If you are a big picture thinker, you are likely excellent at most things strategic and creative, but perhaps you also have a low tolerance for routine tasks and are disorganized. But success in a dynamic working environment often requires both big-picture skills as well as attention to detail.
I have a feeling that the big picture thinkers are the procrastinators of the world. They are the ones who grasp concepts quickly and understand abstract principles easily; and thus, they might have picked up a few bad habits in school when they found they didn’t need to devote as much time to studying.
Unfortunately, not everything in our work life is conceptual. Procrastination may have been inconsequential in the past but may hold some of us back when it comes to leadership effectiveness. And in many fast-paced corporate environments, paying attention to details and not letting things slip through the cracks is paramount to success.
So what can be done about it? How can this natural tendency to overlook the details be overcome?
If the details bog you down, outsource them! There are services that will do routine tasks for you, you can hire a virtual assistant, you may have an executive assistant, or perhaps someone on your team is much better with the details and can help you out. The first thing to do is to decide what only you can do and what can be done by others. Perhaps you write draft articles and someone else proofreads and edits them. Maybe you design the marketing strategy, but a teammate carries it out.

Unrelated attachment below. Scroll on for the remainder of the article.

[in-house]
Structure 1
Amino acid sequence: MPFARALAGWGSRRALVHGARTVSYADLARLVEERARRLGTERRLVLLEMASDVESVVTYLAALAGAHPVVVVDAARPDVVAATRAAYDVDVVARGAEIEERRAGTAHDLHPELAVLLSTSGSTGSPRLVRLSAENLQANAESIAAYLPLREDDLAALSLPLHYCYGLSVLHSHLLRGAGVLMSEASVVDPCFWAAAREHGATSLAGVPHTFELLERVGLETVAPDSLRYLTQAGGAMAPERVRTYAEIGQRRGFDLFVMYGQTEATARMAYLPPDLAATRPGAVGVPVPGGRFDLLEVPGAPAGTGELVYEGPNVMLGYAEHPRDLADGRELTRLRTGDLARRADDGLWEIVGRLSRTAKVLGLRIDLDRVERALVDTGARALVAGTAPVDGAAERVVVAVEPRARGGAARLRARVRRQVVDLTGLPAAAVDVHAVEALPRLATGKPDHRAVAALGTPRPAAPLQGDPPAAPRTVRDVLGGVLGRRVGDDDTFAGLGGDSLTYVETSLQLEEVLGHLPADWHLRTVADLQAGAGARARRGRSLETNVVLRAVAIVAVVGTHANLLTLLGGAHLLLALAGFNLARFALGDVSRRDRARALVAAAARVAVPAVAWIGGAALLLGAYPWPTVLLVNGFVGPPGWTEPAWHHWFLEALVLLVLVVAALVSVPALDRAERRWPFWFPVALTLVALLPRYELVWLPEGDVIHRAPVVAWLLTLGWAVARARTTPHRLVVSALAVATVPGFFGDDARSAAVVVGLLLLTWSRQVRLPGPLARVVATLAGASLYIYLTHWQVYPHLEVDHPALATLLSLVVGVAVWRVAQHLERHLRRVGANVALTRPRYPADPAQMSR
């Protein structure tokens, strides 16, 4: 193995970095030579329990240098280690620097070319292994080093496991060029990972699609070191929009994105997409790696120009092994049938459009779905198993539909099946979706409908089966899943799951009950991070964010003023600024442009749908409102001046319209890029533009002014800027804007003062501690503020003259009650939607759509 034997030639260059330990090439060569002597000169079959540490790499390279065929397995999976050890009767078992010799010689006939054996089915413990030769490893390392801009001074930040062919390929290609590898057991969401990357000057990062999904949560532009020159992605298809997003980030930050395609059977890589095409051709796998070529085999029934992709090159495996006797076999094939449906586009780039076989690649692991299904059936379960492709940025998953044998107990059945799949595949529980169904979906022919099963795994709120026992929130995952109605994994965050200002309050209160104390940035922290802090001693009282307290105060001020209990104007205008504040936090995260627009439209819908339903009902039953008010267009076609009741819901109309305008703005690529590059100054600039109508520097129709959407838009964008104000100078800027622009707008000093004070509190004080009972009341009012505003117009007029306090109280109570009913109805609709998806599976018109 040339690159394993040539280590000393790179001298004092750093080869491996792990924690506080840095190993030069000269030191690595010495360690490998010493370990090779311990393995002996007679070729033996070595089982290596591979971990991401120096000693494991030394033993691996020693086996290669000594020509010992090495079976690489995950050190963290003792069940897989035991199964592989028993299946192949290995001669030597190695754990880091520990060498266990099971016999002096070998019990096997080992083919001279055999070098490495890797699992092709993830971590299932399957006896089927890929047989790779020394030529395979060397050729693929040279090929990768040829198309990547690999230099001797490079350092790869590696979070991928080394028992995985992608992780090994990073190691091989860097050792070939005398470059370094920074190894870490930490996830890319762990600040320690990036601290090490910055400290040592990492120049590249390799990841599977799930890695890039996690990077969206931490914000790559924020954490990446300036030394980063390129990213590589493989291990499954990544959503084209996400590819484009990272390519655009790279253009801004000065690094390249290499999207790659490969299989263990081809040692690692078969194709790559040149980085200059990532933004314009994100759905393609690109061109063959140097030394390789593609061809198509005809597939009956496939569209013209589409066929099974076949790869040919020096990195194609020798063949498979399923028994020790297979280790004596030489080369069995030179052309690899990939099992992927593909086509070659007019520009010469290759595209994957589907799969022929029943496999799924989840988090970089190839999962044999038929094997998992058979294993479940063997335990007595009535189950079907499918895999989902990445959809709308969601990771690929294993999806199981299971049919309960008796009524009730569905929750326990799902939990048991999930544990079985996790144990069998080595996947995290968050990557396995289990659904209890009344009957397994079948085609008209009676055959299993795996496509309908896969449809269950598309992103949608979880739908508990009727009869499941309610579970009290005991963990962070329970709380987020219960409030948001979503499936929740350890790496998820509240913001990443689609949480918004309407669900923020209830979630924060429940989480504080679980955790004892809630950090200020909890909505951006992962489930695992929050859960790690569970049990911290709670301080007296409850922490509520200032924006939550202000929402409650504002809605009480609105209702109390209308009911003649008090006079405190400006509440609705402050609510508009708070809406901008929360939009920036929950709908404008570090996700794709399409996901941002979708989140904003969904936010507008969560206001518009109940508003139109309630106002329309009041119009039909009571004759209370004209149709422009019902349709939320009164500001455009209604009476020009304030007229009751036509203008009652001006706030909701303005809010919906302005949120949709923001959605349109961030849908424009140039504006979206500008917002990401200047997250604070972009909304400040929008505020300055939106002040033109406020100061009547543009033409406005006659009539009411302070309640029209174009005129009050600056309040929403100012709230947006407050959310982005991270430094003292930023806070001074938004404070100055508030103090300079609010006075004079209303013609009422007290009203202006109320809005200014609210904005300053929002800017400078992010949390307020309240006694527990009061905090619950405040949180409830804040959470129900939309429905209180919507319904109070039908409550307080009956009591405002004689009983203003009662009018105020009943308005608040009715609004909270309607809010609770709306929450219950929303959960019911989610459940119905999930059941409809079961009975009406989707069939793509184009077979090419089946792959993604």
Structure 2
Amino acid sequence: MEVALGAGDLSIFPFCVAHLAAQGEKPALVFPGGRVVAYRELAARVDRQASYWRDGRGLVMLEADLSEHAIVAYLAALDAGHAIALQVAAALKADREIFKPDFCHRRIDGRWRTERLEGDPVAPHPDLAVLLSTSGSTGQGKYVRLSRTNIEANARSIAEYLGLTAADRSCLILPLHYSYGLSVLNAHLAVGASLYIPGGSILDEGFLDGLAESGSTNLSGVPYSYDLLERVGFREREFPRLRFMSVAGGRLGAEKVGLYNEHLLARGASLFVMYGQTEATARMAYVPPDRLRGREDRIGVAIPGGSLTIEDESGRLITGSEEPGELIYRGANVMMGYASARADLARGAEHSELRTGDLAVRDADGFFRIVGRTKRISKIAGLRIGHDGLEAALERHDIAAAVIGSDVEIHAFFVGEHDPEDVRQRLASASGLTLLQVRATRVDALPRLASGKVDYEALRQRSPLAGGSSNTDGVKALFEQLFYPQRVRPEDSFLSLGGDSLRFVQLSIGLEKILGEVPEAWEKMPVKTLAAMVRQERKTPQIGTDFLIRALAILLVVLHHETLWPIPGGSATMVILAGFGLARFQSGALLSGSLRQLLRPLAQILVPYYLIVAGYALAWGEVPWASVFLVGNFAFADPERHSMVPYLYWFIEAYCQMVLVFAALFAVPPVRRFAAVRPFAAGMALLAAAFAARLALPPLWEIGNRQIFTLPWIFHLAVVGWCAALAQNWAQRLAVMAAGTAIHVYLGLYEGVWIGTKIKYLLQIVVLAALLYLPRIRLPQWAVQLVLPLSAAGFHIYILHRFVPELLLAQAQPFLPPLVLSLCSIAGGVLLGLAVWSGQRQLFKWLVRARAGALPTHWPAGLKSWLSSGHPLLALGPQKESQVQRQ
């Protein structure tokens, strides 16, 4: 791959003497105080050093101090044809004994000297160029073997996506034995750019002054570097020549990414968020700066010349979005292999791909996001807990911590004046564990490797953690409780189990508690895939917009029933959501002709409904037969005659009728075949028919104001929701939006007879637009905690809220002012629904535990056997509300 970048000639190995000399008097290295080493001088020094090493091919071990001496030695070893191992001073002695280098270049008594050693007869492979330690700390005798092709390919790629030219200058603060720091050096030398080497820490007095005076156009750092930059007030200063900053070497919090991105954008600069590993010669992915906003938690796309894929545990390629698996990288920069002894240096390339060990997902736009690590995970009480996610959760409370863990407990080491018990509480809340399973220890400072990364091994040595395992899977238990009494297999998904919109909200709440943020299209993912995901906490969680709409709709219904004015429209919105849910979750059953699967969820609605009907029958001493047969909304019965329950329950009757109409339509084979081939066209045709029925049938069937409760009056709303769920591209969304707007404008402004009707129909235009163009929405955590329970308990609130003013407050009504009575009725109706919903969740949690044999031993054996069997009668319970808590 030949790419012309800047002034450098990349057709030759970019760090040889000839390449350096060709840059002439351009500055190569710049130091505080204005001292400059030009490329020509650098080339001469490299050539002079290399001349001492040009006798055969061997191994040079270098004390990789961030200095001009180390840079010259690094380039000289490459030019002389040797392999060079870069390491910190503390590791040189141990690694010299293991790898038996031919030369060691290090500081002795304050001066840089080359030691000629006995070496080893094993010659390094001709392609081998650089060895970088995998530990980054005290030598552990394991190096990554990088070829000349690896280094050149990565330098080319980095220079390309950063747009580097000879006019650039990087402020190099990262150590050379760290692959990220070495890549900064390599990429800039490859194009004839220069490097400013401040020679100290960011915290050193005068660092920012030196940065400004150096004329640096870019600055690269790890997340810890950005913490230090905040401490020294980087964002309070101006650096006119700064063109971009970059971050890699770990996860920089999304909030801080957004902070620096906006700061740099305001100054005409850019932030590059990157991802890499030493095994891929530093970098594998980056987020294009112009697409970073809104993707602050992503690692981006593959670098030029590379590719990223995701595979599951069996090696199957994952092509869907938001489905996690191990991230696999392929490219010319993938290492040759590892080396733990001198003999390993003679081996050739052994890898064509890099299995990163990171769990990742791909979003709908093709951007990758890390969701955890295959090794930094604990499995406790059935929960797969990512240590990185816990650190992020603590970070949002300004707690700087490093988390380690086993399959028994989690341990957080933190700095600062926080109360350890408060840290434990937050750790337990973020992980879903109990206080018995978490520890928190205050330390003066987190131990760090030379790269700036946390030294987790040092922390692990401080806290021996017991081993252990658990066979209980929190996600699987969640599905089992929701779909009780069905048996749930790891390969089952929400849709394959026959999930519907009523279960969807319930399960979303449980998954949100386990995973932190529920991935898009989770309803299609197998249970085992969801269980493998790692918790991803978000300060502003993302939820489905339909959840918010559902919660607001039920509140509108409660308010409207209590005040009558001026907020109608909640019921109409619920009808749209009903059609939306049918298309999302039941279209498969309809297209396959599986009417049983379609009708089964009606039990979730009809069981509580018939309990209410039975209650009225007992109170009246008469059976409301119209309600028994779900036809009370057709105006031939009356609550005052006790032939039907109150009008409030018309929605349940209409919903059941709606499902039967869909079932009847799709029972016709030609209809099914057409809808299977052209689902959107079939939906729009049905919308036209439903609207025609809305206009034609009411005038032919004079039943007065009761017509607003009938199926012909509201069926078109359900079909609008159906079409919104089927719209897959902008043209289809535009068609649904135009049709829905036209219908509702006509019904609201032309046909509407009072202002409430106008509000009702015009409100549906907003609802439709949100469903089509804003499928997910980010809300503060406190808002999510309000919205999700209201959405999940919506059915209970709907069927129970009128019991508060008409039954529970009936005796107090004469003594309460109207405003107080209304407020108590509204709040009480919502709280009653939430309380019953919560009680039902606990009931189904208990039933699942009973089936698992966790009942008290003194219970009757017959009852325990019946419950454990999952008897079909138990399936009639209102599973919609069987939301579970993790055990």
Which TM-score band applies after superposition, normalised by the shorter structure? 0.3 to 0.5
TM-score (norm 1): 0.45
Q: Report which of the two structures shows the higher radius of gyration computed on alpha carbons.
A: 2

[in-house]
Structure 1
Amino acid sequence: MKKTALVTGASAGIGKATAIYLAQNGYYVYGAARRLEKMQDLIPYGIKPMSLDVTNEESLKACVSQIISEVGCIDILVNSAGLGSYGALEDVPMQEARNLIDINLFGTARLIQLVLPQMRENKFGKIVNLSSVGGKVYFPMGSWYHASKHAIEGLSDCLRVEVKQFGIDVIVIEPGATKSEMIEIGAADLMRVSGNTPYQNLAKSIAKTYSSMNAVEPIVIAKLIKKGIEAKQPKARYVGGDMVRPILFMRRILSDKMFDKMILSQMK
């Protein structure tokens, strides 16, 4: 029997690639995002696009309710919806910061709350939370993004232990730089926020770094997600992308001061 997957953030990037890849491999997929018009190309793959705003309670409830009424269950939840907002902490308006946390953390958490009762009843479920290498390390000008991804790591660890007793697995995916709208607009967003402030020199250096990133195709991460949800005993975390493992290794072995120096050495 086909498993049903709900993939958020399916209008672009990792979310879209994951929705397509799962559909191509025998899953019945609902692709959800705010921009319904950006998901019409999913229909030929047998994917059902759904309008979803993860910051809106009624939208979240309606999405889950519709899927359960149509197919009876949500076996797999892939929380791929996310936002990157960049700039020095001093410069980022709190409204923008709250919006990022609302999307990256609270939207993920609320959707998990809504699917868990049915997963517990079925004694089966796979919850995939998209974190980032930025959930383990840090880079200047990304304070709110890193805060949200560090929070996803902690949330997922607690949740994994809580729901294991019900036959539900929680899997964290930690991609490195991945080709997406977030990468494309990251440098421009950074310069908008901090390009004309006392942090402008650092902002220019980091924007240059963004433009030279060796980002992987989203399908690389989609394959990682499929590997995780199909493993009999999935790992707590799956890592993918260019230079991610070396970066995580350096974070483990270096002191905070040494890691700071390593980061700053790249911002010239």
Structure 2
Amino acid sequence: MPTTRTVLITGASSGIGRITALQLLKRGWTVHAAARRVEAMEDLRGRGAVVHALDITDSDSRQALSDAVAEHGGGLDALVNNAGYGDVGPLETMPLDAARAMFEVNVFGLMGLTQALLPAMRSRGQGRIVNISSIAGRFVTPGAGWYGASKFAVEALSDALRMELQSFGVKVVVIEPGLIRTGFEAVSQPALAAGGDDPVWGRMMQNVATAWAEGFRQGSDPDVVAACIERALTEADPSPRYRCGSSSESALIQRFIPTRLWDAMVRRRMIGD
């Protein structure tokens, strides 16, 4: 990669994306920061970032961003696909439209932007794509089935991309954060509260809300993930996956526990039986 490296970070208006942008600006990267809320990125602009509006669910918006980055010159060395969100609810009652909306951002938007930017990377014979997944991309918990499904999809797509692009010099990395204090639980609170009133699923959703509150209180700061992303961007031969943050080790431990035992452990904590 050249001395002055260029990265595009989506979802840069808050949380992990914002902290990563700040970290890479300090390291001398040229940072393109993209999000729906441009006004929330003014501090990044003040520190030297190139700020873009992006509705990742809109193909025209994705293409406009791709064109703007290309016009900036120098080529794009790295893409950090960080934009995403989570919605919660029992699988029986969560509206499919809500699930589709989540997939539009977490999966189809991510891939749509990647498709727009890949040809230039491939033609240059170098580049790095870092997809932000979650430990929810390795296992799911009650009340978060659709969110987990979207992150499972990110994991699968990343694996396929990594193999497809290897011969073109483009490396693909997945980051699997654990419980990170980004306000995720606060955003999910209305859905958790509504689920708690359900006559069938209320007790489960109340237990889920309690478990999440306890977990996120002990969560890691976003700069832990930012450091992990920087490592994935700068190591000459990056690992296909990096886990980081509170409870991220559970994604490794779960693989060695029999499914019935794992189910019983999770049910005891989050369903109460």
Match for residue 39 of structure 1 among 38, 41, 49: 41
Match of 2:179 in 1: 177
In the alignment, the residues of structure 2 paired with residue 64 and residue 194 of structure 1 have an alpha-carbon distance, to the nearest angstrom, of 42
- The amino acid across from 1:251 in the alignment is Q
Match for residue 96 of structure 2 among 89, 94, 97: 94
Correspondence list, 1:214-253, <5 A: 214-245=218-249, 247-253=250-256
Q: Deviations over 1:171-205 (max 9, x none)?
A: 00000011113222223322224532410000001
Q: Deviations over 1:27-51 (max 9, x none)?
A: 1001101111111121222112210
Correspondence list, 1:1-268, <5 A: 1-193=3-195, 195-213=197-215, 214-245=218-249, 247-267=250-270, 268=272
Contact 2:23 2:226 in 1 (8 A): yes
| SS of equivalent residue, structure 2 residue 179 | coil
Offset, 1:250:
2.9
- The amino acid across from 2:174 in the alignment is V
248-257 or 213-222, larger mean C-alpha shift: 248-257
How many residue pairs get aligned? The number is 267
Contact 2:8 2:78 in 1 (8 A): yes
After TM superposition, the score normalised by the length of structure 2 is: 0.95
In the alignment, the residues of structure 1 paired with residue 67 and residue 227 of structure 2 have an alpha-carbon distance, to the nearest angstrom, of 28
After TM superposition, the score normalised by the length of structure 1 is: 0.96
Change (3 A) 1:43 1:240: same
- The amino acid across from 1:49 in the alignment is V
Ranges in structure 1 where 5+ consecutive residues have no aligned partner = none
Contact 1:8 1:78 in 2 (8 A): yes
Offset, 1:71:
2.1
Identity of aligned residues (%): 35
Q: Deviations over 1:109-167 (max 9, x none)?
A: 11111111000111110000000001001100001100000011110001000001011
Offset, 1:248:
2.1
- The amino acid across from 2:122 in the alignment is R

As Atul Gawande writes in The Checklist Manifesto, there are two basic types of failures: failures of ignorance and failures of ineptitude. With failures of ignorance, we make mistakes because we just don’t have enough information to carry out a task. With failures of ineptitude, however, (much more common these days) we make a mistake because we fail to apply knowledge correctly. And one way to avoid failures of ineptitude is to keep and use simplicity of checklists to guide us through the complexity of our days.
Since you can't delegate everything you don't want to do, I’m a big fan of streamlining the things you must do on a regular basis. When you create habits, you are essentially training your brain to do the things it would not normally want to do. To automate something, you must first have to have a task that recurs. Then, you’ll create a trigger point that activates the task. Over time, this develops into a habit.
For example, let’s say that you always forget to type up the notes after one of your client calls. Maybe you get distracted or something more important comes up or you have another meeting. Those things always seem more important at the time than typing up one little note, but you have decided that keeping notes on client calls is really a priority. For the next thirty days, commit to making a note (no matter how short) right after you hang up the phone—no exceptions. Perhaps the “click” or the “end call” is your trigger point. Create each note the same way… either in your email, in a notebook, or in a spreadsheet. The first few days might be difficult, but if you keep following this same process over and over without exceptions, you’ll notice keeping notes will soon become a part of your daily routine.
What strategies do you use to deal with the details and to avoid making errors?